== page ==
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I really appreciate your marketing scales database online. It is an important resource for both our students and our researchers as well. Since my copies of the original books are slowly disintegrating due to the intensive use, I am happy that you are making them available in this way. It is very helpful in the search for viable constructs on which to do sound scientific research.
Dr. Ingmar Leijen
Vrije Universiteit University, Amsterdam

attitudes

Four, seven-point statements are used to measure a consumer's perceptions regarding the overall price level of a store relative to its competitors and disregarding the store's willingness to give refunds as part of its price matching guarantee.

Three items are used to measure a consumer's estimate of a product's price.

This five-item, seven-point scale is intended to measure the degree to which a person describes another person as having skills and/or expertise on a topic. The person being described in the study by Comer (1984) was sales manager while in the study by Dellande, Gilly, and Graham (2004) the person was a weight loss counselor.

Three unipolar items with a seven-point response format are used to measure the degree to which a person describes something as having a quality that indicates a lack of power and authority.

A six item, seven point semantic differential scale is used to measure a person's beliefs concerning the time and effort involved in a specified method of placing an order. As described below, the setting used by Dabholkar (1994) was ordering at a fast-food restaurant and two options were compared: touch screen ordering versus verbally placing the order with an employee.

Three, nine-point bi-polar adjectives are used to measure the extent to which a person believes a certain result has been achieved.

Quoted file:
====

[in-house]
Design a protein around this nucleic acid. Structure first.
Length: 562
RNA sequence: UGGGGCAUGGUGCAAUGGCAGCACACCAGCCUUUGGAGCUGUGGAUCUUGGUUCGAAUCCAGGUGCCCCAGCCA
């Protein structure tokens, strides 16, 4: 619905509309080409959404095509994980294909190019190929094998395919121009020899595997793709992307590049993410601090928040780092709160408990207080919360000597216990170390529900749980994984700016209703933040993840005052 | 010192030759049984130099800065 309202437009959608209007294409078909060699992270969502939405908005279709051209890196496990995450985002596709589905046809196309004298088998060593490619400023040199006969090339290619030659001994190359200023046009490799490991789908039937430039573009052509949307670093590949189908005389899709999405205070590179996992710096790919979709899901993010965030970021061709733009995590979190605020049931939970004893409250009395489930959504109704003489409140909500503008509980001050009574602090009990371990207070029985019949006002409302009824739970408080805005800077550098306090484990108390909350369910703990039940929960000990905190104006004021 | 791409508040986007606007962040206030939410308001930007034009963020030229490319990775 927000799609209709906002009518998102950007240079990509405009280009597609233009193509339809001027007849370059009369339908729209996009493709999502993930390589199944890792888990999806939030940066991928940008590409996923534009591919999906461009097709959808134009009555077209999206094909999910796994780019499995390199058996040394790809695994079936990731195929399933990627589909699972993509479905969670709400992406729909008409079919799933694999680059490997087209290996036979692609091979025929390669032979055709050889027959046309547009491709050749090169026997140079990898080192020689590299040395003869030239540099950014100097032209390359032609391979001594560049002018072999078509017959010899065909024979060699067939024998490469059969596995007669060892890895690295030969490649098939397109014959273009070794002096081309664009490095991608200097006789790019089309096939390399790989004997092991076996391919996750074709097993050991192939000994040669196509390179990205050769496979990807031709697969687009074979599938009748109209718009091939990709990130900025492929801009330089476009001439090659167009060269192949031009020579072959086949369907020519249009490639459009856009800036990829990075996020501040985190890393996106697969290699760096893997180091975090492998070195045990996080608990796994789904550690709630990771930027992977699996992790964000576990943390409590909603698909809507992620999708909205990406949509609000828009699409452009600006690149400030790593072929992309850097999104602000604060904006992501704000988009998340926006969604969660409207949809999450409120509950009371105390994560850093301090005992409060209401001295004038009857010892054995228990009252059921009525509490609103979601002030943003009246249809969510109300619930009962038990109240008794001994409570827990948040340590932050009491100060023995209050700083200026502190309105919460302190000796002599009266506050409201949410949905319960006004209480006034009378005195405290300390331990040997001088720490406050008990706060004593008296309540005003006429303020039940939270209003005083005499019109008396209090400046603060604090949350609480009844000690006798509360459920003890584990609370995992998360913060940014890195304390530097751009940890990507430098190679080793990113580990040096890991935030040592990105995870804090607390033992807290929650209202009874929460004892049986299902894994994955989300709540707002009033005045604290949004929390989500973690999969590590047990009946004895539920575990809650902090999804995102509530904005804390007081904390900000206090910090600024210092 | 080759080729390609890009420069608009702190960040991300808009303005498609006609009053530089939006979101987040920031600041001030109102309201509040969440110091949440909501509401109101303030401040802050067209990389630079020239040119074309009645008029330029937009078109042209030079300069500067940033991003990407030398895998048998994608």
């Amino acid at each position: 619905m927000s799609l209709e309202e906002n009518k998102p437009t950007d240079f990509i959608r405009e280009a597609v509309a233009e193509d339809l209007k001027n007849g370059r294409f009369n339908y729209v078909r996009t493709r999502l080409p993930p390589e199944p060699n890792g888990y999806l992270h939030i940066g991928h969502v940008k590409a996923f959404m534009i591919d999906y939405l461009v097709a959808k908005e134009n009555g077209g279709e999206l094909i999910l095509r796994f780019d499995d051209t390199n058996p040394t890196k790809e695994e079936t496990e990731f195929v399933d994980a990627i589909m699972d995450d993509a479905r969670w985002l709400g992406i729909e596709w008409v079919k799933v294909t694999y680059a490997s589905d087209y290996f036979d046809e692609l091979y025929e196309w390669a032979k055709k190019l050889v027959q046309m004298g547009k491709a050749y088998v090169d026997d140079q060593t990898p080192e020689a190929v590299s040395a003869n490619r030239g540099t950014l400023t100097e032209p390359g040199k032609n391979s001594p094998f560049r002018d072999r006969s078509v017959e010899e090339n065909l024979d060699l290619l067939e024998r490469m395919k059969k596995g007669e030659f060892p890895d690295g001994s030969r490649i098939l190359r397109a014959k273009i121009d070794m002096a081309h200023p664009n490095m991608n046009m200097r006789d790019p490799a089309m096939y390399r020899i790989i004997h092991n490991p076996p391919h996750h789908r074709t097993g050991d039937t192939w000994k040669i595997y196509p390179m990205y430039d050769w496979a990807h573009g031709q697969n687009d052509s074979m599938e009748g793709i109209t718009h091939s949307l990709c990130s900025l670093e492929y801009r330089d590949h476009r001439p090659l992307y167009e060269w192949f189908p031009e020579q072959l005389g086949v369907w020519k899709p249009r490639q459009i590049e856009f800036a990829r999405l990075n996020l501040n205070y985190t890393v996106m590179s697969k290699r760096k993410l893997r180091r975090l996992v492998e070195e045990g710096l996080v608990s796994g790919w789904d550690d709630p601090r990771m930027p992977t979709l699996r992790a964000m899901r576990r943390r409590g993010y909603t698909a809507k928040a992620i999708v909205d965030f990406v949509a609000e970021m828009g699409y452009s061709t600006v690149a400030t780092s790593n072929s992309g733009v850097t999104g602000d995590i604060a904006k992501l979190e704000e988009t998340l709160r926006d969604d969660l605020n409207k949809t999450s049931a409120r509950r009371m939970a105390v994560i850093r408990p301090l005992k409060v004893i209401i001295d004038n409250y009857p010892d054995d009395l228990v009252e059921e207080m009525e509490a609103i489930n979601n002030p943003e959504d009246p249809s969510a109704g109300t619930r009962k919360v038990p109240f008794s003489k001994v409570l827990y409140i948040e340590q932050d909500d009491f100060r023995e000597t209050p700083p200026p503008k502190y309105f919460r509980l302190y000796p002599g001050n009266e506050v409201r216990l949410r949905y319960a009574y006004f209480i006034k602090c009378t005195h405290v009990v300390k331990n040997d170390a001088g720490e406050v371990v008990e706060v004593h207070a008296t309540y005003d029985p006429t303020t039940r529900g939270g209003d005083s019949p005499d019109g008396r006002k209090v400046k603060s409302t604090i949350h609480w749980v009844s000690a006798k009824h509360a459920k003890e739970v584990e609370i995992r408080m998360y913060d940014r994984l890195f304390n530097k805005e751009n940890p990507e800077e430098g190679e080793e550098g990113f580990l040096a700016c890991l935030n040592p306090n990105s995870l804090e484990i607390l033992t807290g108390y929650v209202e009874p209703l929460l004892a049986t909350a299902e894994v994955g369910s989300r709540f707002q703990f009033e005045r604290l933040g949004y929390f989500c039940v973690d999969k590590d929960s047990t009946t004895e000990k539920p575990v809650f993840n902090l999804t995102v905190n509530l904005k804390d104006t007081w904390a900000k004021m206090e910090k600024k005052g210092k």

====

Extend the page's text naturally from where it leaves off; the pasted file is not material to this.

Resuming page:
Three, nine-point statements are used to measure the extent to which a consumer believes that the advertised new features of a product provide additional benefits and value to the product.

Four, seven-point Likert-type statements are used to measure a person's belief that buying from a certain company is preferable to buying from others. The scale was called cognitive loyalty by Harris and Goode (2004) and was used with respect to online stores but it appears to be amenable for use with a variety of vendors.

A person's belief that his/her repeated experience has shown that buying from a certain company is better than buying from others is measured with four, seven-point Likert-type items. The scale was called conative loyalty by Harris and Goode (2004) and was used with respect to online stores but it appears to be amenable for use with a variety of vendors.

The scale has four, seven-point Likert-type statements that are intended to measure the extent to which a person likes a certain company along with its features, services, and offerings. The scale was called affective loyalty by Harris and Goode (2004) and was used with respect to online stores but it appears to be amenable for use with a variety of vendors.